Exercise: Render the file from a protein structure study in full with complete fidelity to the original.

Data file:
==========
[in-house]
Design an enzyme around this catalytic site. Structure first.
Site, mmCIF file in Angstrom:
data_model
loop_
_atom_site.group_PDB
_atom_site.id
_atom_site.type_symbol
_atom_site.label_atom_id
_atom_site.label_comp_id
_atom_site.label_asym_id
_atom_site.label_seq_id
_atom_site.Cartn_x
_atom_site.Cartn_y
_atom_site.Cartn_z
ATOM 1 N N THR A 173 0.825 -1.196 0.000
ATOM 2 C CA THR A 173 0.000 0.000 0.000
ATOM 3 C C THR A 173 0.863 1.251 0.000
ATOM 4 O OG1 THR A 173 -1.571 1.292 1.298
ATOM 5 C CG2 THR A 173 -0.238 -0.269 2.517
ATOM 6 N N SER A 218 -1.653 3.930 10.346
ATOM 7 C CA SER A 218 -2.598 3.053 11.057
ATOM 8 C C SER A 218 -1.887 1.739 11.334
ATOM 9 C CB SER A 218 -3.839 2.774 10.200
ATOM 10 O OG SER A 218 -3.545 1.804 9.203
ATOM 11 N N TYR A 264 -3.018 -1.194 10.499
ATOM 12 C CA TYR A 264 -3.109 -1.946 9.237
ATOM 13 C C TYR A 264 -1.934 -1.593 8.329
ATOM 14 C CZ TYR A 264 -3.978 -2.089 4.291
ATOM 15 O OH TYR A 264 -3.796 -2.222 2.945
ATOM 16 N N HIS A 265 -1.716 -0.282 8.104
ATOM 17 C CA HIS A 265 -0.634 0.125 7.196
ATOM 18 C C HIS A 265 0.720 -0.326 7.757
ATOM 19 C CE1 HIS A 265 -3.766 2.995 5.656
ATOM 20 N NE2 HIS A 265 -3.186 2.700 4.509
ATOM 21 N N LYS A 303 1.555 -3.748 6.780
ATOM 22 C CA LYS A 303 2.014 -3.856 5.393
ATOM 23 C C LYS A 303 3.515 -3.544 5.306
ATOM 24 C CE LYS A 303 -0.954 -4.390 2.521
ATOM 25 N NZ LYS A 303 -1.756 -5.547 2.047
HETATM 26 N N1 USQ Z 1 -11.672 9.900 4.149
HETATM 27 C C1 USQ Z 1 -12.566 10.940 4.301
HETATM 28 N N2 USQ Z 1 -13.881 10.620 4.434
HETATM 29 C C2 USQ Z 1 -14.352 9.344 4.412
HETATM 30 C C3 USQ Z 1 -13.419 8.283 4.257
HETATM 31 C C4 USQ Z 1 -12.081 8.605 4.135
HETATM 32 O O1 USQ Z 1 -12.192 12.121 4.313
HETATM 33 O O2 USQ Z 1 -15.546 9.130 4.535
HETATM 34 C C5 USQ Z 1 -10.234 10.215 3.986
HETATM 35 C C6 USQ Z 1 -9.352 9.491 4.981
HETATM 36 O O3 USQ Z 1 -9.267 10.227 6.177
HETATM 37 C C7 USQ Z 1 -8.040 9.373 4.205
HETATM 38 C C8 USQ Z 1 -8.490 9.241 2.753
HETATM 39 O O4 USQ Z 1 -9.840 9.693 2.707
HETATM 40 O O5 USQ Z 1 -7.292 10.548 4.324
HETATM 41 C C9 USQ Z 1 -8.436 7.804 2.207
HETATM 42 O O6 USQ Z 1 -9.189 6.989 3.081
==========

[in-house]
Design an enzyme around this catalytic site. Structure first.
Site, mmCIF file in Angstrom:
data_model
loop_
_atom_site.group_PDB
_atom_site.id
_atom_site.type_symbol
_atom_site.label_atom_id
_atom_site.label_comp_id
_atom_site.label_asym_id
_atom_site.label_seq_id
_atom_site.Cartn_x
_atom_site.Cartn_y
_atom_site.Cartn_z
ATOM 1 N N THR A 173 0.825 -1.196 0.000
ATOM 2 C CA THR A 173 0.000 0.000 0.000
ATOM 3 C C THR A 173 0.863 1.251 0.000
ATOM 4 O OG1 THR A 173 -1.571 1.292 1.298
ATOM 5 C CG2 THR A 173 -0.238 -0.269 2.517
ATOM 6 N N SER A 218 -1.653 3.930 10.346
ATOM 7 C CA SER A 218 -2.598 3.053 11.057
ATOM 8 C C SER A 218 -1.887 1.739 11.334
ATOM 9 C CB SER A 218 -3.839 2.774 10.200
ATOM 10 O OG SER A 218 -3.545 1.804 9.203
ATOM 11 N N TYR A 264 -3.018 -1.194 10.499
ATOM 12 C CA TYR A 264 -3.109 -1.946 9.237
ATOM 13 C C TYR A 264 -1.934 -1.593 8.329
ATOM 14 C CZ TYR A 264 -3.978 -2.089 4.291
ATOM 15 O OH TYR A 264 -3.796 -2.222 2.945
ATOM 16 N N HIS A 265 -1.716 -0.282 8.104
ATOM 17 C CA HIS A 265 -0.634 0.125 7.196
ATOM 18 C C HIS A 265 0.720 -0.326 7.757
ATOM 19 C CE1 HIS A 265 -3.766 2.995 5.656
ATOM 20 N NE2 HIS A 265 -3.186 2.700 4.509
ATOM 21 N N LYS A 303 1.555 -3.748 6.780
ATOM 22 C CA LYS A 303 2.014 -3.856 5.393
ATOM 23 C C LYS A 303 3.515 -3.544 5.306
ATOM 24 C CE LYS A 303 -0.954 -4.390 2.521
ATOM 25 N NZ LYS A 303 -1.756 -5.547 2.047
HETATM 26 N N1 USQ Z 1 -11.672 9.900 4.149
HETATM 27 C C1 USQ Z 1 -12.566 10.940 4.301
HETATM 28 N N2 USQ Z 1 -13.881 10.620 4.434
HETATM 29 C C2 USQ Z 1 -14.352 9.344 4.412
HETATM 30 C C3 USQ Z 1 -13.419 8.283 4.257
HETATM 31 C C4 USQ Z 1 -12.081 8.605 4.135
HETATM 32 O O1 USQ Z 1 -12.192 12.121 4.313
HETATM 33 O O2 USQ Z 1 -15.546 9.130 4.535
HETATM 34 C C5 USQ Z 1 -10.234 10.215 3.986
HETATM 35 C C6 USQ Z 1 -9.352 9.491 4.981
HETATM 36 O O3 USQ Z 1 -9.267 10.227 6.177
HETATM 37 C C7 USQ Z 1 -8.040 9.373 4.205
HETATM 38 C C8 USQ Z 1 -8.490 9.241 2.753
HETATM 39 O O4 USQ Z 1 -9.840 9.693 2.707
HETATM 40 O O5 USQ Z 1 -7.292 10.548 4.324
HETATM 41 C C9 USQ Z 1 -8.436 7.804 2.207
HETATM 42 O O6 USQ Z 1 -9.189 6.989 3.081